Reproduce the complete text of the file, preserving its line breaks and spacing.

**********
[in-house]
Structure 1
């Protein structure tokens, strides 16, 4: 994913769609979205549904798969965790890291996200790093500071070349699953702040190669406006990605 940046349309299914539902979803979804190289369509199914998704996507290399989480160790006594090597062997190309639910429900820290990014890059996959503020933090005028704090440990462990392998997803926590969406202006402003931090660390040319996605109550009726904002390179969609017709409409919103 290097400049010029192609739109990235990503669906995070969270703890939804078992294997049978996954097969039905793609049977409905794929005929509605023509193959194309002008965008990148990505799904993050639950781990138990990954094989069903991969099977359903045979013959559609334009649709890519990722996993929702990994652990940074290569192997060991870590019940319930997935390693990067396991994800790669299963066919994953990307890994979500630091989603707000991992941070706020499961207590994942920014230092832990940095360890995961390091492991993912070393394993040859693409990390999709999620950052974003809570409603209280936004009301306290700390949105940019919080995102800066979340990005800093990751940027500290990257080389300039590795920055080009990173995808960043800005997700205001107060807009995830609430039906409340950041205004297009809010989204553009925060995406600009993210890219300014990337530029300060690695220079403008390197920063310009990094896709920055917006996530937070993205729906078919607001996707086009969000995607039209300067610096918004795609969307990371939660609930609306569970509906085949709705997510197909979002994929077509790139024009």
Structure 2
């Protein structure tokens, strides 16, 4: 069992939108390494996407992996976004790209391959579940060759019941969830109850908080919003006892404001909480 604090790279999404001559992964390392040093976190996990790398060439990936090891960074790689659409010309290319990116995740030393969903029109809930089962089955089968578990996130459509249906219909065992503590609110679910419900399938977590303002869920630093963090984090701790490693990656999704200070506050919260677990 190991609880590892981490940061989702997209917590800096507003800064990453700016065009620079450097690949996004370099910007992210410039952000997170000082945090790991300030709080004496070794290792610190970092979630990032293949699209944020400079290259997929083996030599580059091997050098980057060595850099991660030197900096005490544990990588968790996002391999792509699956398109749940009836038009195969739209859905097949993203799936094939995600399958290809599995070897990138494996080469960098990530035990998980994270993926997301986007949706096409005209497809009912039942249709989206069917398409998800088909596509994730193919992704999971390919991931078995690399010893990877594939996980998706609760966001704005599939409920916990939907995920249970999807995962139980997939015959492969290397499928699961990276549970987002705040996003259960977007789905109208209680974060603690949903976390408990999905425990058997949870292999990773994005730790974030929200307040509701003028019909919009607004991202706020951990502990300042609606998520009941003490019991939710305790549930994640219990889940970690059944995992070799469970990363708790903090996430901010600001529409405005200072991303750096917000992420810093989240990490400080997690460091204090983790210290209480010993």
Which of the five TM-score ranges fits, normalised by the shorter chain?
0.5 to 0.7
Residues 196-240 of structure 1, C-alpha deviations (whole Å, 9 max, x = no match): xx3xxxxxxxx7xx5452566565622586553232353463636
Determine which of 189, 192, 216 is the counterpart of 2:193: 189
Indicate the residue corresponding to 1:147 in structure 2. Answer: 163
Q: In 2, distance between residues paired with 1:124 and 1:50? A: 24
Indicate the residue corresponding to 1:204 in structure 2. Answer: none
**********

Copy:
[in-house]
Structure 1
């Protein structure tokens, strides 16, 4: 994913769609979205549904798969965790890291996200790093500071070349699953702040190669406006990605 940046349309299914539902979803979804190289369509199914998704996507290399989480160790006594090597062997190309639910429900820290990014890059996959503020933090005028704090440990462990392998997803926590969406202006402003931090660390040319996605109550009726904002390179969609017709409409919103 290097400049010029192609739109990235990503669906995070969270703890939804078992294997049978996954097969039905793609049977409905794929005929509605023509193959194309002008965008990148990505799904993050639950781990138990990954094989069903991969099977359903045979013959559609334009649709890519990722996993929702990994652990940074290569192997060991870590019940319930997935390693990067396991994800790669299963066919994953990307890994979500630091989603707000991992941070706020499961207590994942920014230092832990940095360890995961390091492991993912070393394993040859693409990390999709999620950052974003809570409603209280936004009301306290700390949105940019919080995102800066979340990005800093990751940027500290990257080389300039590795920055080009990173995808960043800005997700205001107060807009995830609430039906409340950041205004297009809010989204553009925060995406600009993210890219300014990337530029300060690695220079403008390197920063310009990094896709920055917006996530937070993205729906078919607001996707086009969000995607039209300067610096918004795609969307990371939660609930609306569970509906085949709705997510197909979002994929077509790139024009």
Structure 2
């Protein structure tokens, strides 16, 4: 069992939108390494996407992996976004790209391959579940060759019941969830109850908080919003006892404001909480 604090790279999404001559992964390392040093976190996990790398060439990936090891960074790689659409010309290319990116995740030393969903029109809930089962089955089968578990996130459509249906219909065992503590609110679910419900399938977590303002869920630093963090984090701790490693990656999704200070506050919260677990 190991609880590892981490940061989702997209917590800096507003800064990453700016065009620079450097690949996004370099910007992210410039952000997170000082945090790991300030709080004496070794290792610190970092979630990032293949699209944020400079290259997929083996030599580059091997050098980057060595850099991660030197900096005490544990990588968790996002391999792509699956398109749940009836038009195969739209859905097949993203799936094939995600399958290809599995070897990138494996080469960098990530035990998980994270993926997301986007949706096409005209497809009912039942249709989206069917398409998800088909596509994730193919992704999971390919991931078995690399010893990877594939996980998706609760966001704005599939409920916990939907995920249970999807995962139980997939015959492969290397499928699961990276549970987002705040996003259960977007789905109208209680974060603690949903976390408990999905425990058997949870292999990773994005730790974030929200307040509701003028019909919009607004991202706020951990502990300042609606998520009941003490019991939710305790549930994640219990889940970690059944995992070799469970990363708790903090996430901010600001529409405005200072991303750096917000992420810093989240990490400080997690460091204090983790210290209480010993």
Which of the five TM-score ranges fits, normalised by the shorter chain?
0.5 to 0.7
Residues 196-240 of structure 1, C-alpha deviations (whole Å, 9 max, x = no match): xx3xxxxxxxx7xx5452566565622586553232353463636
Determine which of 189, 192, 216 is the counterpart of 2:193: 189
Indicate the residue corresponding to 1:147 in structure 2. Answer: 163
Q: In 2, distance between residues paired with 1:124 and 1:50? A: 24
Indicate the residue corresponding to 1:204 in structure 2. Answer: none